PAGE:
Alongside Asus' astounding Padfone at Mobile World Congress, the firm showed two pink Zenbook Ultrabooks. One is hot pink, one is a delicate rose gold. Both are rigid, powerful and light.
But most of all, they are pink.
The initial reaction amongst many tech critics, particularly females, is 'pink, how condescending! how outrageous, how demeaning!'.
It's easy, and often logical, to be outraged at lame efforts from tech companies to grasp at the female consumer market by slapping a pretty colour on any product.
So perhaps surprisingly, an author has shown that women actually, scientifically, like pink.
Dr Gloria Moss, Reader in Human Resources at Bucks New University, told The Huffington Post in an interview: "There's a very strong tendency for men to prefer hard, rectangular and dark shapes. While women showed a preference towards more curved, and pink design.
"I don't think it's anything for women to be afraid of that women like different colours, because the roots of the colour preference take womens' responsibility beyond hearth and home. The differences have their origins in the different activities carried out by men and women over the ages," she says.
Moss used a range of website designs created by men and women to test her hypothesis amongst a sample group of students at Oxford.
Without guidance, men veered towards the linear, rectangular designs, while women preferred colourful designs with large images.
"Women prefered rounded shapes, and less linear shapes. I think this goes back to hunter gatherer days. Mens visual apperntice is built for hunting prey. If you think about it, when you're hunting you're looking at a distant horizon, and you don't see much colour on the horizion, but you do see the lines."
"Back for hundreds of thousands of years, women needed to be attuned to colour and to round shapes. They were gatherers, so they needed to see the round shapes of berries, and when looking after families, babies. So I think womens eyes are attuned to round shapes.
Moss looked into the psychology of men and womens visual perception and found that men have better 3D vision. "Amazing research from America says that some women have a fourth colour pigment. Which means that instead of seeing millions of colours, they see hundreds of millions of colours," she adds.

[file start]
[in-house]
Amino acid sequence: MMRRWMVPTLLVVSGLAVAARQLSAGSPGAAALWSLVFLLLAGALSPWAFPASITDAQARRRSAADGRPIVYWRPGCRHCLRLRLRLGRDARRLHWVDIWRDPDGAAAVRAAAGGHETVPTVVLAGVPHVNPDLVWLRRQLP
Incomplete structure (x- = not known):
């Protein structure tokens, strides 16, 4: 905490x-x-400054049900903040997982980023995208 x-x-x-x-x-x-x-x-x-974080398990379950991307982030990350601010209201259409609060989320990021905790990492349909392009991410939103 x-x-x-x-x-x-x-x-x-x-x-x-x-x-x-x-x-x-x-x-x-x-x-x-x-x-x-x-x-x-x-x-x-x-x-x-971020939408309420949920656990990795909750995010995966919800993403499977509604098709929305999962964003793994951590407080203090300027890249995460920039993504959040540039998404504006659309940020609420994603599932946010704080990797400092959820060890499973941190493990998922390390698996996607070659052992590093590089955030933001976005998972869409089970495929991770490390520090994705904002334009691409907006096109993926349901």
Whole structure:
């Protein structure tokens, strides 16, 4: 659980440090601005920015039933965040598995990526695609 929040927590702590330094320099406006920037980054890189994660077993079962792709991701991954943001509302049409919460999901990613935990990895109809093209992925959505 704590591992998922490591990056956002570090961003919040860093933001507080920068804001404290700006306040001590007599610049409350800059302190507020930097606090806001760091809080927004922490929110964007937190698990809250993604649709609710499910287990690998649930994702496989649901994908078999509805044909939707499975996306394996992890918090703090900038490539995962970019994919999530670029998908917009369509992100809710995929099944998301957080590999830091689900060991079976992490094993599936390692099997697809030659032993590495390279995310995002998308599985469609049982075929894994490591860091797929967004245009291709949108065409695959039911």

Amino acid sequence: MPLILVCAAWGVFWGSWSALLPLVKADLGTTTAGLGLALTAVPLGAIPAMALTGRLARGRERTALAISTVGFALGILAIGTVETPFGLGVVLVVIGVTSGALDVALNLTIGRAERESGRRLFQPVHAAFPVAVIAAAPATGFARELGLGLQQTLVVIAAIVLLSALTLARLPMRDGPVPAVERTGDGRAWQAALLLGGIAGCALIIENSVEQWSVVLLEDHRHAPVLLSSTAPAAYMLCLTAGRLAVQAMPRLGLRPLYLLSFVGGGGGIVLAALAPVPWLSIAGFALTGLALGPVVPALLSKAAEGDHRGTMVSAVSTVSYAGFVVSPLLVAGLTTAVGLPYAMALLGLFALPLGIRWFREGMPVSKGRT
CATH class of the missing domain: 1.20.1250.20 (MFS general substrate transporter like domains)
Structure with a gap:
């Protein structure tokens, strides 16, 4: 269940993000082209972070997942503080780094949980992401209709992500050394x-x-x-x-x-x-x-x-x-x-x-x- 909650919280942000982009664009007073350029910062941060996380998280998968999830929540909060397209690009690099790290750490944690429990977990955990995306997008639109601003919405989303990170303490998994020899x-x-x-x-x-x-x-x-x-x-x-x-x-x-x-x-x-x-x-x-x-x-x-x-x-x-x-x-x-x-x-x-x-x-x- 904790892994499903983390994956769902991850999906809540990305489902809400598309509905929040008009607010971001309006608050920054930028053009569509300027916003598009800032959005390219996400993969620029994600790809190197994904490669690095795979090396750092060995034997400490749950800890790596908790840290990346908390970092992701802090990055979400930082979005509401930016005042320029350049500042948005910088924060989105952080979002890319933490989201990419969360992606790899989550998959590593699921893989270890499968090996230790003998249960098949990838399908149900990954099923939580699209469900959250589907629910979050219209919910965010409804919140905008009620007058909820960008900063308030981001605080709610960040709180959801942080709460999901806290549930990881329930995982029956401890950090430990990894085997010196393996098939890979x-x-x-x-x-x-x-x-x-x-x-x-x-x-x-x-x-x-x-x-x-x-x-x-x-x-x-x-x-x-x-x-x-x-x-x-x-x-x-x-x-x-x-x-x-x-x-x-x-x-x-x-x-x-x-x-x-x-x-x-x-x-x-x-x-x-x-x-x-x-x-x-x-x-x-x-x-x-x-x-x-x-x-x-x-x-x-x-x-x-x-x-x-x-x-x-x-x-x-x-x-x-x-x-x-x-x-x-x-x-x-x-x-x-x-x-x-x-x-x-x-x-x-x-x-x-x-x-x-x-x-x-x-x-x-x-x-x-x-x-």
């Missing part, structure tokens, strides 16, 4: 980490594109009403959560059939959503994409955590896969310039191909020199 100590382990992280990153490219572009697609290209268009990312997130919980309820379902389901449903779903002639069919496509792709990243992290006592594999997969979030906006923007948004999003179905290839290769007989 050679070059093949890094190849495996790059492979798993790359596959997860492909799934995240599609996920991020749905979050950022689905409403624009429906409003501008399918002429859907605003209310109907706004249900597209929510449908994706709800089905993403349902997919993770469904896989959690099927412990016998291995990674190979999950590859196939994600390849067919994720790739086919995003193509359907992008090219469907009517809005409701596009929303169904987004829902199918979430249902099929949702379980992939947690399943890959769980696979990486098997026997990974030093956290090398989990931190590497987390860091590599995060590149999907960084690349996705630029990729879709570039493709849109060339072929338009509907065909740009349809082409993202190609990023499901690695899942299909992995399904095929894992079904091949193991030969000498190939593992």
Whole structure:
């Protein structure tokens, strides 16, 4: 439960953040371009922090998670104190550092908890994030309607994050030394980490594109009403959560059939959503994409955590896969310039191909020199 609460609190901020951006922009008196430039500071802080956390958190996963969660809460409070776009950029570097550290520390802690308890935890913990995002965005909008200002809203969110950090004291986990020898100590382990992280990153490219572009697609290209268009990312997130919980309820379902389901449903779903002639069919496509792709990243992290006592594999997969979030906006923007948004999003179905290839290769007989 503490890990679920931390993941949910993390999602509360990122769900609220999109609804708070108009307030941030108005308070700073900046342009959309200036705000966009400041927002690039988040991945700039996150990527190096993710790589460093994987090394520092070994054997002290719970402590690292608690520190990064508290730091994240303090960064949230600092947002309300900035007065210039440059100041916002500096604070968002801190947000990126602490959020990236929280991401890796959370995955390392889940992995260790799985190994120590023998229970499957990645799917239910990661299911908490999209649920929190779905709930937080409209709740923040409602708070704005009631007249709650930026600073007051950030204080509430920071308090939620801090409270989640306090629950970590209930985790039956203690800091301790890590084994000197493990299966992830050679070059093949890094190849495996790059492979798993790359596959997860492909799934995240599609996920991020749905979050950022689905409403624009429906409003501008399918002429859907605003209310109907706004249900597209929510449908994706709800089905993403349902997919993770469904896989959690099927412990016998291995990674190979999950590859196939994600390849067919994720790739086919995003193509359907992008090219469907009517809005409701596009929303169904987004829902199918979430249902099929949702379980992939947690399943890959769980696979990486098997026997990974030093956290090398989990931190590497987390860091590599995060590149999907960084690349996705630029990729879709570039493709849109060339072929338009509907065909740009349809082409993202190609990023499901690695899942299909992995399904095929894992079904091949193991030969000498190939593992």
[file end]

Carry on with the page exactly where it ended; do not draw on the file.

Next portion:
As for pink itself, Moss also believes that watching out for viscous colours of pink, and red, was crucial for hunter gatherer women. They had to watch for bloody injuries, signs of agression, fever and the scarlet of childbirth to ensure their people survived.
Moss says 8% of men worldwide are colourblind, which during hunting gives you the advantage of fewer distractions. Only .5% of women are colourblind.
"When you look at who is predominantly in charge of the technology industry, and the design of the phones and devices we're sold, it's not surprising they're all black and linear," she says.
The demand for visually different products is not just scientific, consumers are demanding it. Last year HTC found that their female customers demanded the ability to place a personal screensaver on their phones, where that feature has been sidelined in recent device releases.
Despite the research, it's insufficient for tech firms to just slap a coat of pink on their products and hope to attract a female customer.
The new pink and rose gold Asus Zenbook Ultrabooks are not just pretty, they're impressive. The most rigid Ultrabooks we've seen, they weigh just 1.3kg, pack a Intel Core i7/i5 processor, operate in always on mode for an impressive two weeks (storing data to memory then backing up to hard drive) and are just 3mm at the front and 9mm at the back.
They're much more than just a pretty (pink) face.
Read more on Gloria Moss' work on gendered design in her book Gender, Design and Marketing: How Gender Drives Our Perception of Design and Marketing